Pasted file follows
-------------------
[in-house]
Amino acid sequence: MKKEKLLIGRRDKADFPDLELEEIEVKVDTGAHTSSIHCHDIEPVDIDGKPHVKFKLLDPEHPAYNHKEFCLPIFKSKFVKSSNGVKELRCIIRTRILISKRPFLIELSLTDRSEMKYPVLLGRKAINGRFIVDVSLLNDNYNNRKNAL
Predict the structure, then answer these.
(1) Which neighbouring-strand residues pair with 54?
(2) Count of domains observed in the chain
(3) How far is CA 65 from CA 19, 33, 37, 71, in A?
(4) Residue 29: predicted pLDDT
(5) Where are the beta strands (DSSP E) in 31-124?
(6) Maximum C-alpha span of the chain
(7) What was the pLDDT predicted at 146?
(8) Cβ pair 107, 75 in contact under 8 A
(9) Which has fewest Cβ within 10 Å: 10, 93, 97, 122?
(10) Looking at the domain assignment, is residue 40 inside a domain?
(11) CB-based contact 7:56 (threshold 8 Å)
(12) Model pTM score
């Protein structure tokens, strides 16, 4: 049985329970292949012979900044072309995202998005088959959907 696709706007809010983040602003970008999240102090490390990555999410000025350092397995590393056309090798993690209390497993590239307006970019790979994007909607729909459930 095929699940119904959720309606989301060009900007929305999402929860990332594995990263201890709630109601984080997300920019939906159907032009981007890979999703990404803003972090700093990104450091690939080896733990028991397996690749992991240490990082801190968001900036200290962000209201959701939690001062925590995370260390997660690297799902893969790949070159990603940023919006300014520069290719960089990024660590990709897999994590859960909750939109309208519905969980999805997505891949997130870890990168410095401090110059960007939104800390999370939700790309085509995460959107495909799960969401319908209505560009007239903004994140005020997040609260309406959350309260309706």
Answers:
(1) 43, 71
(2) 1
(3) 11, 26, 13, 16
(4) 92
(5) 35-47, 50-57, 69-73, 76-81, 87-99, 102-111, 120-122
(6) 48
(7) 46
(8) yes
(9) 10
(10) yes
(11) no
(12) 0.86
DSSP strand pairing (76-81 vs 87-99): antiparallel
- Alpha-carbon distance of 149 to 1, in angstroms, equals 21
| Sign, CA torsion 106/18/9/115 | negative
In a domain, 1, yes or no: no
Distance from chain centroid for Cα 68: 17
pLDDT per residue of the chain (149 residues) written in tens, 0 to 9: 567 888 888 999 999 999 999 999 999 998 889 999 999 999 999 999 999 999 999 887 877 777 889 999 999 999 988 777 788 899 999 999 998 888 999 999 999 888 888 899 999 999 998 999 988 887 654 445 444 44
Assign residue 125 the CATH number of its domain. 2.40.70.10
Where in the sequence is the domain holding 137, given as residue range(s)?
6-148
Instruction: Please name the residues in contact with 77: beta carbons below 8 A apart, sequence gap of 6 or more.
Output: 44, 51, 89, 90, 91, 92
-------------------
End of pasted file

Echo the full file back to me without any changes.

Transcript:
[in-house]
Amino acid sequence: MKKEKLLIGRRDKADFPDLELEEIEVKVDTGAHTSSIHCHDIEPVDIDGKPHVKFKLLDPEHPAYNHKEFCLPIFKSKFVKSSNGVKELRCIIRTRILISKRPFLIELSLTDRSEMKYPVLLGRKAINGRFIVDVSLLNDNYNNRKNAL
Predict the structure, then answer these.
(1) Which neighbouring-strand residues pair with 54?
(2) Count of domains observed in the chain
(3) How far is CA 65 from CA 19, 33, 37, 71, in A?
(4) Residue 29: predicted pLDDT
(5) Where are the beta strands (DSSP E) in 31-124?
(6) Maximum C-alpha span of the chain
(7) What was the pLDDT predicted at 146?
(8) Cβ pair 107, 75 in contact under 8 A
(9) Which has fewest Cβ within 10 Å: 10, 93, 97, 122?
(10) Looking at the domain assignment, is residue 40 inside a domain?
(11) CB-based contact 7:56 (threshold 8 Å)
(12) Model pTM score
């Protein structure tokens, strides 16, 4: 049985329970292949012979900044072309995202998005088959959907 696709706007809010983040602003970008999240102090490390990555999410000025350092397995590393056309090798993690209390497993590239307006970019790979994007909607729909459930 095929699940119904959720309606989301060009900007929305999402929860990332594995990263201890709630109601984080997300920019939906159907032009981007890979999703990404803003972090700093990104450091690939080896733990028991397996690749992991240490990082801190968001900036200290962000209201959701939690001062925590995370260390997660690297799902893969790949070159990603940023919006300014520069290719960089990024660590990709897999994590859960909750939109309208519905969980999805997505891949997130870890990168410095401090110059960007939104800390999370939700790309085509995460959107495909799960969401319908209505560009007239903004994140005020997040609260309406959350309260309706």
Answers:
(1) 43, 71
(2) 1
(3) 11, 26, 13, 16
(4) 92
(5) 35-47, 50-57, 69-73, 76-81, 87-99, 102-111, 120-122
(6) 48
(7) 46
(8) yes
(9) 10
(10) yes
(11) no
(12) 0.86
DSSP strand pairing (76-81 vs 87-99): antiparallel
- Alpha-carbon distance of 149 to 1, in angstroms, equals 21
| Sign, CA torsion 106/18/9/115 | negative
In a domain, 1, yes or no: no
Distance from chain centroid for Cα 68: 17
pLDDT per residue of the chain (149 residues) written in tens, 0 to 9: 567 888 888 999 999 999 999 999 999 998 889 999 999 999 999 999 999 999 999 887 877 777 889 999 999 999 988 777 788 899 999 999 998 888 999 999 999 888 888 899 999 999 998 999 988 887 654 445 444 44
Assign residue 125 the CATH number of its domain. 2.40.70.10
Where in the sequence is the domain holding 137, given as residue range(s)?
6-148
Instruction: Please name the residues in contact with 77: beta carbons below 8 A apart, sequence gap of 6 or more.
Output: 44, 51, 89, 90, 91, 92